By targeting tax credits to low-income families, these refunds can also reduce inequity. Black and Brown families make up the lowest income families in Virginia and experience disproportionate economic hardship. Choices to expand the EITC and to target Child Tax Credit can provide more financial resources to the families who have often been left behind.
In the coming months, we anticipate waves of financial uncertainty for families dealing with higher gas prices, increasing rents, and universal free school meals coming to an end. If lawmakers provide additional savings and stability to communities facing uncertainty, our families would feel better about providing for their families and their children would feel more secure.
We all want Virginia to be the best place to raise children and provide opportunities for them to grow up, but our tax policy is not in line with that belief. It’s time to join the other states in prioritizing children and families and offer targeted tax relief to families.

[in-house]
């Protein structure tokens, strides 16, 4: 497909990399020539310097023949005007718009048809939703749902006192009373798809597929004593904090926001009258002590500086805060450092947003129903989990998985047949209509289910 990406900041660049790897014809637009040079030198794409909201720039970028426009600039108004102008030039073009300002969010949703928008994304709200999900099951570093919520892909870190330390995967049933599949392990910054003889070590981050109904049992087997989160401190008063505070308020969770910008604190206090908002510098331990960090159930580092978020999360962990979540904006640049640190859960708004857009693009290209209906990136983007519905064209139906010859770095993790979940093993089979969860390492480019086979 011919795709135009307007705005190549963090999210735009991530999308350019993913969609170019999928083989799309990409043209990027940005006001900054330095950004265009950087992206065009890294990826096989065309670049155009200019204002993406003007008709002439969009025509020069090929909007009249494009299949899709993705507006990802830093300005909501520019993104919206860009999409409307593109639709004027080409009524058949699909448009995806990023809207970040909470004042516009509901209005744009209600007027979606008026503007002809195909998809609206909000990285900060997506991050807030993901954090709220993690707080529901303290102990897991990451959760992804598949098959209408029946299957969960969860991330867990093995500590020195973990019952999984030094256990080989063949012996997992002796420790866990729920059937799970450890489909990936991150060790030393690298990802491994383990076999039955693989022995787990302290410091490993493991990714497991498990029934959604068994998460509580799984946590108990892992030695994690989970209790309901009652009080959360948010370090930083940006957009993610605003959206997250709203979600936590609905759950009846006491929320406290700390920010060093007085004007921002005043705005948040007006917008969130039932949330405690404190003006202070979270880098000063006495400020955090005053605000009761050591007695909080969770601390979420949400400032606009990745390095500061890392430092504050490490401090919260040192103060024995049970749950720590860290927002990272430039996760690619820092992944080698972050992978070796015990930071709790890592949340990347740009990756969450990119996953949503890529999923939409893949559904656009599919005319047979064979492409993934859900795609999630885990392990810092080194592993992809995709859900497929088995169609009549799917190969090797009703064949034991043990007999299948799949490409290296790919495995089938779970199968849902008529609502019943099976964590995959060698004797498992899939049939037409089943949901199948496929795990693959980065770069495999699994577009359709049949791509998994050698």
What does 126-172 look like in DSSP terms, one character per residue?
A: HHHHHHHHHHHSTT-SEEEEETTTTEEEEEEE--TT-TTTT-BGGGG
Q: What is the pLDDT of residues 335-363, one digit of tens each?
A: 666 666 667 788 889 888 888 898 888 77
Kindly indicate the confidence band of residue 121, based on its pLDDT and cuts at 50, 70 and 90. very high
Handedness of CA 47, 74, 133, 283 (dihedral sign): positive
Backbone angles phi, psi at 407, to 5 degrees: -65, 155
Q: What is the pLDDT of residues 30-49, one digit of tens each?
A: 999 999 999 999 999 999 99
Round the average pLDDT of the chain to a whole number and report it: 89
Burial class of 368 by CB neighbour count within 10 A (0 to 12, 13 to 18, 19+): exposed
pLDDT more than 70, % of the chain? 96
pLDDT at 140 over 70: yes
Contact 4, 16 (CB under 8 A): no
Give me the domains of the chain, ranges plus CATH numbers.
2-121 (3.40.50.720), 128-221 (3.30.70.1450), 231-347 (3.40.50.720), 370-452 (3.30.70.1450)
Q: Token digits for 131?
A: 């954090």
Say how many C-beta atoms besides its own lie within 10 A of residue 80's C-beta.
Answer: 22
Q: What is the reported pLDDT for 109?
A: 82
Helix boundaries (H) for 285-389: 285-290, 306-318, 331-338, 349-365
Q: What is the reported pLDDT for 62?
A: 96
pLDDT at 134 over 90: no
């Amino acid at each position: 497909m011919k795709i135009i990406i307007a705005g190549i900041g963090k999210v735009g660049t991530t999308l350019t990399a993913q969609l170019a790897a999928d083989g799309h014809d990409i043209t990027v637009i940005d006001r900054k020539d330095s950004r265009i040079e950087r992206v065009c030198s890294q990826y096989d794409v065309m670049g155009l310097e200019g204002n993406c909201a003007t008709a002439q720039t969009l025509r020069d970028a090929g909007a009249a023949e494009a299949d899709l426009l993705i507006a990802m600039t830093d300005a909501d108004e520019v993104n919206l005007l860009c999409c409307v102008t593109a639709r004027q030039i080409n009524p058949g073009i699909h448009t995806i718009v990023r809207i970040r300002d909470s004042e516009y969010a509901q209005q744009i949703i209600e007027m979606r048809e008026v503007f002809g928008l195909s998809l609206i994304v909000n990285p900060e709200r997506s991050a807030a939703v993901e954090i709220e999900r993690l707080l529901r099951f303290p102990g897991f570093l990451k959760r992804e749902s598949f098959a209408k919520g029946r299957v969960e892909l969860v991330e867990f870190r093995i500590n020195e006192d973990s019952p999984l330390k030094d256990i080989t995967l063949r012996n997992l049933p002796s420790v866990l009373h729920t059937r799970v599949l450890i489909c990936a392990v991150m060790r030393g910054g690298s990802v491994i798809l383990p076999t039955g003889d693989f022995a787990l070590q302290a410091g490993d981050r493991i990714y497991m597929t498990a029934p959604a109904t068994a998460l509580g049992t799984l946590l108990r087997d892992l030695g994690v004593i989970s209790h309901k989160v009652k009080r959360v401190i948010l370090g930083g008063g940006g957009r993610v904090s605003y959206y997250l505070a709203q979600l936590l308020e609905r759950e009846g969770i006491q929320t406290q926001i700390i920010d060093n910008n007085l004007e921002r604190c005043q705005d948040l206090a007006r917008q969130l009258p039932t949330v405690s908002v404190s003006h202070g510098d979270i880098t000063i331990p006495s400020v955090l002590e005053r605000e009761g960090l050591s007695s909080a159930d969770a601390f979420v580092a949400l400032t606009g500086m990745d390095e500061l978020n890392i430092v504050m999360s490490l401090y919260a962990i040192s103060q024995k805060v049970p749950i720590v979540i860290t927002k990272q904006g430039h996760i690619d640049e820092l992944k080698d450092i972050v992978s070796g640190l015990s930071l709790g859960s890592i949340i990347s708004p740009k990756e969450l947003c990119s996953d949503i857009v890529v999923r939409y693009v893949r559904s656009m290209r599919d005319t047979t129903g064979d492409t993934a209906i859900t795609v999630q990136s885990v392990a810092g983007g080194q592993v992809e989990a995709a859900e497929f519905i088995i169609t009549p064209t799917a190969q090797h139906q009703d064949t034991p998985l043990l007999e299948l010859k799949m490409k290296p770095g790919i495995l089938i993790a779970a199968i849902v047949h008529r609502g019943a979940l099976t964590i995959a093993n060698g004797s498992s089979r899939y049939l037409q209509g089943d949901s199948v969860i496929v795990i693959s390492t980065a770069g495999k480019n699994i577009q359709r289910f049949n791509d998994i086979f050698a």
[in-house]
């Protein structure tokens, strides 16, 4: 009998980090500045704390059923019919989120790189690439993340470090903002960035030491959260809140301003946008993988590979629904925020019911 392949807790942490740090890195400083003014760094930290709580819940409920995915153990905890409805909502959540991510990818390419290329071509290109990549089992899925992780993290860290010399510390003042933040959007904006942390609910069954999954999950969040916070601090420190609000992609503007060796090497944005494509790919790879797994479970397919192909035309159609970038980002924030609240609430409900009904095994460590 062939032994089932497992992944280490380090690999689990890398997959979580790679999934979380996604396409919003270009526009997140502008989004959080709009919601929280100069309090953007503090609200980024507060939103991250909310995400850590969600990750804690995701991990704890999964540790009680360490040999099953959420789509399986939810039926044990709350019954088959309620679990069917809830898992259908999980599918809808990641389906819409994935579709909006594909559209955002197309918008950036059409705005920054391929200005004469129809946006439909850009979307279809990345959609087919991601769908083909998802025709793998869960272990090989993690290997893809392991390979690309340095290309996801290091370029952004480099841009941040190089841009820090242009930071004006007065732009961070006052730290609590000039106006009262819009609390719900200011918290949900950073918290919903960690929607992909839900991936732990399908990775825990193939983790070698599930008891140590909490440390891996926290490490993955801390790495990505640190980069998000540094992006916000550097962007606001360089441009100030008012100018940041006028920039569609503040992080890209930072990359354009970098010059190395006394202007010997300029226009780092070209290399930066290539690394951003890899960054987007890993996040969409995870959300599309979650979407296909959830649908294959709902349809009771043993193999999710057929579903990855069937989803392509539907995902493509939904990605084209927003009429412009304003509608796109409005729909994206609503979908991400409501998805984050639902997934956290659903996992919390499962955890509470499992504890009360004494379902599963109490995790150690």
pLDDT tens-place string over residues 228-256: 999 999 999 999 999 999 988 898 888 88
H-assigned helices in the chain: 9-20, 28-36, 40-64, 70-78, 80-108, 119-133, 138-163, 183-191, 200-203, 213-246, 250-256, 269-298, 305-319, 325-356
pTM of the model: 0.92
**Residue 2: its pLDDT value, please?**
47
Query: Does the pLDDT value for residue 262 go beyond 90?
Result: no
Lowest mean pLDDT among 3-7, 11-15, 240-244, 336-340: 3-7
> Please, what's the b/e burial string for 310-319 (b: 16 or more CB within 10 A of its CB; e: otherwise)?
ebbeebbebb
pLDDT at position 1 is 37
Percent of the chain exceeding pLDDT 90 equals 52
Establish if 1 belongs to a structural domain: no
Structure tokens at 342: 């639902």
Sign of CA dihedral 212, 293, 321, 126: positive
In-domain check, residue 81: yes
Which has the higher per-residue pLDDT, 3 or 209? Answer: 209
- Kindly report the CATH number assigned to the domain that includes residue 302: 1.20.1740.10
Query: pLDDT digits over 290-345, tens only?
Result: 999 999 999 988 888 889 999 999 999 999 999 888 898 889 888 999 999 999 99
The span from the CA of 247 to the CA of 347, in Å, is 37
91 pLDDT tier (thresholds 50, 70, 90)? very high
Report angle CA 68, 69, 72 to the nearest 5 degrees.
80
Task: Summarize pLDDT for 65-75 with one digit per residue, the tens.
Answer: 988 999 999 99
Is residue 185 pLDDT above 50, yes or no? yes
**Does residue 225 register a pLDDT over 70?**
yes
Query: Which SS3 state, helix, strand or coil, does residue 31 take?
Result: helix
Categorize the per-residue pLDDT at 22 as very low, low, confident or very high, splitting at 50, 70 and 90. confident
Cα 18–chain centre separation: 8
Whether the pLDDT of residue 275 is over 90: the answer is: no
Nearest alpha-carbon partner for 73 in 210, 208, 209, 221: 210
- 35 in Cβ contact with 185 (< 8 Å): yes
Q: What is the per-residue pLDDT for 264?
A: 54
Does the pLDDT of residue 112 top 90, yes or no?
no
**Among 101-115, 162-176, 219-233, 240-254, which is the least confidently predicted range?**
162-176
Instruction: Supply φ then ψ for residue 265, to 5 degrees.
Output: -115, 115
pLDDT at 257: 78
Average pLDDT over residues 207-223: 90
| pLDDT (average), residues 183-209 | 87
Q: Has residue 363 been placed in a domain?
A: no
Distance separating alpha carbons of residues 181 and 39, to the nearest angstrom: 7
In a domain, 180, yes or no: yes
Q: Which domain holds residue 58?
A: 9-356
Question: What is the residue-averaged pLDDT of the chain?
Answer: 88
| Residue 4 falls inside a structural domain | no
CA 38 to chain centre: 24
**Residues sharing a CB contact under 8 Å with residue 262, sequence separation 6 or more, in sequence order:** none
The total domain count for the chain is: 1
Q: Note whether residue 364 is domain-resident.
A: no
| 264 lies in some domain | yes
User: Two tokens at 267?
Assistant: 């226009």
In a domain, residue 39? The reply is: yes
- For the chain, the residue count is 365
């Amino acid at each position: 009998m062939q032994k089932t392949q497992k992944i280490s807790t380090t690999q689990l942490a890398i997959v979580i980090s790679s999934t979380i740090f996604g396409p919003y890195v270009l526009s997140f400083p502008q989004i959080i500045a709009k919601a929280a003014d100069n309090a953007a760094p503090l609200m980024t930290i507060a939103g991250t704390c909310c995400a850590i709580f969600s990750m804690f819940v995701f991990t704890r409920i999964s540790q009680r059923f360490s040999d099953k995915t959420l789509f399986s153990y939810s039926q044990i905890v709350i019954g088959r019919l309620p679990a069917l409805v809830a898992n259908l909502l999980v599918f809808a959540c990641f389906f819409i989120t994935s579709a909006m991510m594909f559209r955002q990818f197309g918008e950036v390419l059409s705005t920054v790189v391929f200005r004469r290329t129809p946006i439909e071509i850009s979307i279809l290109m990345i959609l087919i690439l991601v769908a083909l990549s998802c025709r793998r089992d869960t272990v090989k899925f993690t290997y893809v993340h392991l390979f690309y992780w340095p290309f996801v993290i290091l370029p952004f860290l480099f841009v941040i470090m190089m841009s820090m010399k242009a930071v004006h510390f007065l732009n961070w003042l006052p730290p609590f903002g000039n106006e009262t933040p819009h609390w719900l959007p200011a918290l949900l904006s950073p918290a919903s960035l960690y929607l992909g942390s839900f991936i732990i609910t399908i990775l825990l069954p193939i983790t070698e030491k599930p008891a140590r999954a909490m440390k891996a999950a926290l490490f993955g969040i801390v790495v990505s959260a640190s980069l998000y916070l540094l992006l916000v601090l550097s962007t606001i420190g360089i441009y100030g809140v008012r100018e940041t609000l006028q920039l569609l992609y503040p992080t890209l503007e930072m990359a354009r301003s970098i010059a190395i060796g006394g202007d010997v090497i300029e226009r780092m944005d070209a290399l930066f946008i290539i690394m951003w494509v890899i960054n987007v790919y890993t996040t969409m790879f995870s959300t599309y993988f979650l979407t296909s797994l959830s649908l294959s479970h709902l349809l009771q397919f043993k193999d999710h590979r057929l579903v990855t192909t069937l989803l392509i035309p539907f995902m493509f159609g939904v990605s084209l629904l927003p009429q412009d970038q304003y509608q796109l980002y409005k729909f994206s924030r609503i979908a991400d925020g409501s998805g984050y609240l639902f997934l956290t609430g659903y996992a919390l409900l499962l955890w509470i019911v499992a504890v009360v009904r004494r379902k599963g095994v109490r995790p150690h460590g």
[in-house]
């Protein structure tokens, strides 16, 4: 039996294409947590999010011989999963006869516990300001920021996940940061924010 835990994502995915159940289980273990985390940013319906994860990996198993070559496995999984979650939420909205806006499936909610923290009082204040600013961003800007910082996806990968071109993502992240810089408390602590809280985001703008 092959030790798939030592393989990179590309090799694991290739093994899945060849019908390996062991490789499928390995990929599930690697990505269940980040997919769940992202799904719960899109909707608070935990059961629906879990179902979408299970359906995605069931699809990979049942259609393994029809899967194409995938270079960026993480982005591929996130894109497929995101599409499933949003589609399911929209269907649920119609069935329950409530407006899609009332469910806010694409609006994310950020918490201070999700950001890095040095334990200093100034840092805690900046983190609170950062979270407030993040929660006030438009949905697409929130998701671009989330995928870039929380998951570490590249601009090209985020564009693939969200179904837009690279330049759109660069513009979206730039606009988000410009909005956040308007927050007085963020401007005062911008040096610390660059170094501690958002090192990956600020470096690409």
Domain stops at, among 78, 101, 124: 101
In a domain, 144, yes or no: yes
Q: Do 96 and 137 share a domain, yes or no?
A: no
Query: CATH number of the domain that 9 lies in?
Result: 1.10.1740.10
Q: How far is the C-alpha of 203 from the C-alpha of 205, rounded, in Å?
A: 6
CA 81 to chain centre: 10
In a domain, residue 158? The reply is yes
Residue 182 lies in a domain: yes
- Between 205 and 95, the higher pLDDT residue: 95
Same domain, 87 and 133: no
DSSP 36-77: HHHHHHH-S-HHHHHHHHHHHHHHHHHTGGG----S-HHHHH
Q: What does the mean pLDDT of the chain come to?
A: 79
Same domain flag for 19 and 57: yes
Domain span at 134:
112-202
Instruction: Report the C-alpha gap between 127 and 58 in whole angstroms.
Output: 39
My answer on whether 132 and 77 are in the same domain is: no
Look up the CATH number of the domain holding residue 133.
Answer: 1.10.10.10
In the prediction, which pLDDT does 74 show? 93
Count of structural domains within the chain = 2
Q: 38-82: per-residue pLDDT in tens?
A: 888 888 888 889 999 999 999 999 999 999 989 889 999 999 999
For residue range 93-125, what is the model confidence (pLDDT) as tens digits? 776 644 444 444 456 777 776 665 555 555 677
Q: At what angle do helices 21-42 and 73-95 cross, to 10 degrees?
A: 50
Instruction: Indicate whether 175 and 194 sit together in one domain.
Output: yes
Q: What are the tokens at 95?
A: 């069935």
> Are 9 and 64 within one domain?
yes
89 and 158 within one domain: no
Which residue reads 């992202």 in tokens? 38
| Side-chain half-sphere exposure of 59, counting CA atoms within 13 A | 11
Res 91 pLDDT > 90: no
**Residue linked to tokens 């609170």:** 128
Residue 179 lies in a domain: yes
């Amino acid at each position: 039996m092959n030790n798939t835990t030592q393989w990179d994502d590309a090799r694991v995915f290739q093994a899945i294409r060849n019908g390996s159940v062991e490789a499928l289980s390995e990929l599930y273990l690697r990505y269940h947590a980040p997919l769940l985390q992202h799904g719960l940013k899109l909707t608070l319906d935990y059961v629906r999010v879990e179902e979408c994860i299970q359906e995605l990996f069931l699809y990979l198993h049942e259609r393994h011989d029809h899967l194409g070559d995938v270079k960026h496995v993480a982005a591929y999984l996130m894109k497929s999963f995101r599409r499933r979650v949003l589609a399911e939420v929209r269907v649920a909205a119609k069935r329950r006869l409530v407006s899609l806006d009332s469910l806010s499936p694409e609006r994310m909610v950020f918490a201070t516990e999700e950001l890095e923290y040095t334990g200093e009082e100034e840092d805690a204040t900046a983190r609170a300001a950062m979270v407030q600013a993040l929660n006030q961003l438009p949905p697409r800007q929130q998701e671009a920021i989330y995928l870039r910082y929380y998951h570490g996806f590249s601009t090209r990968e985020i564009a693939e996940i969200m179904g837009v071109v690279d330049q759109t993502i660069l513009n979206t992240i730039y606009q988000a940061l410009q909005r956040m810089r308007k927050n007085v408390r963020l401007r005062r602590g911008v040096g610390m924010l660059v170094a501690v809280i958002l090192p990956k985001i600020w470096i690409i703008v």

*Connecticut, Hawaii, Illinois, Iowa, Kansas, Michigan, Missouri, Oregon, Vermont and West Virginia
The momentum was in place for children’s mental health in Virginia. The US Surgeon General and key advocates declared a national emergency to confront a decade-long decline in children’s mental health. Despite widespread concern, Governor Northam’s original budget proposal did not fund new programs in schools for children’s mental health. To meet the moment, a bipartisan group of legislators and advocates from various communities lobbied for investments in psychological services and counseling. Additional resources of $1.4 million per year will expand the Virginia Mental Health Access Program to integrate services in health care settings. Noted below are other new investments integrating mental health in school settings, increasing reimbursement rates, and supporting the workforce.
A First Step for School-Based Mental Health Integration
Over the last three years, the General Assembly has focused on improving school-based mental health by funding specialized student support positions—counselors, social workers, and psychologists. While students have benefited from better relationships with faculty, COVID presented unanticipated disruptions, rapidly increasing needs, and barriers to vital care. School divisions have responded by allocating federal recovery funds into training, coaching, and even bringing community-based mental health professionals into schools.